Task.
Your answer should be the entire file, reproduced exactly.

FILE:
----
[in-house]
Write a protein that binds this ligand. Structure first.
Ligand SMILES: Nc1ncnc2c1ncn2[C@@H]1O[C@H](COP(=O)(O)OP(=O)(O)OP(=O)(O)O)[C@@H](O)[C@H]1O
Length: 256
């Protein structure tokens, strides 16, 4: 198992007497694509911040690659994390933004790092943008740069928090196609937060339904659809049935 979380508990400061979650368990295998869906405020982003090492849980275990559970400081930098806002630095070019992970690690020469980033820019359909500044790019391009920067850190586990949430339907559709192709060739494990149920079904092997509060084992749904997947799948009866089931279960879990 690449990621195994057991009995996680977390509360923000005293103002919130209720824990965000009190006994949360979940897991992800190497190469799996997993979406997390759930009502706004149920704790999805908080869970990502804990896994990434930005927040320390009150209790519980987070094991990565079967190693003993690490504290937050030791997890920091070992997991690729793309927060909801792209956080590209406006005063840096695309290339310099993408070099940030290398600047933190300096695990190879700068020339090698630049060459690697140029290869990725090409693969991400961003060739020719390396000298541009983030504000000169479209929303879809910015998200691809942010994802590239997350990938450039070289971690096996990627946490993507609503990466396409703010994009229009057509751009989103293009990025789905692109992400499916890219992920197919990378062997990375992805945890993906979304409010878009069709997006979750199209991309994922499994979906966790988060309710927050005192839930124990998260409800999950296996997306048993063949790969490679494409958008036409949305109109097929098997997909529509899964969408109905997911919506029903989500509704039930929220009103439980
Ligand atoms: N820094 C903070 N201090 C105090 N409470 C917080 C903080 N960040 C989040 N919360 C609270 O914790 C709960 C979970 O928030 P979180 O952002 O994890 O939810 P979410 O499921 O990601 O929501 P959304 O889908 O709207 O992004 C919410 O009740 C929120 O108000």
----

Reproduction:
[in-house]
Write a protein that binds this ligand. Structure first.
Ligand SMILES: Nc1ncnc2c1ncn2[C@@H]1O[C@H](COP(=O)(O)OP(=O)(O)OP(=O)(O)O)[C@@H](O)[C@H]1O
Length: 256
């Protein structure tokens, strides 16, 4: 198992007497694509911040690659994390933004790092943008740069928090196609937060339904659809049935 979380508990400061979650368990295998869906405020982003090492849980275990559970400081930098806002630095070019992970690690020469980033820019359909500044790019391009920067850190586990949430339907559709192709060739494990149920079904092997509060084992749904997947799948009866089931279960879990 690449990621195994057991009995996680977390509360923000005293103002919130209720824990965000009190006994949360979940897991992800190497190469799996997993979406997390759930009502706004149920704790999805908080869970990502804990896994990434930005927040320390009150209790519980987070094991990565079967190693003993690490504290937050030791997890920091070992997991690729793309927060909801792209956080590209406006005063840096695309290339310099993408070099940030290398600047933190300096695990190879700068020339090698630049060459690697140029290869990725090409693969991400961003060739020719390396000298541009983030504000000169479209929303879809910015998200691809942010994802590239997350990938450039070289971690096996990627946490993507609503990466396409703010994009229009057509751009989103293009990025789905692109992400499916890219992920197919990378062997990375992805945890993906979304409010878009069709997006979750199209991309994922499994979906966790988060309710927050005192839930124990998260409800999950296996997306048993063949790969490679494409958008036409949305109109097929098997997909529509899964969408109905997911919506029903989500509704039930929220009103439980
Ligand atoms: N820094 C903070 N201090 C105090 N409470 C917080 C903080 N960040 C989040 N919360 C609270 O914790 C709960 C979970 O928030 P979180 O952002 O994890 O939810 P979410 O499921 O990601 O929501 P959304 O889908 O709207 O992004 C919410 O009740 C929120 O108000």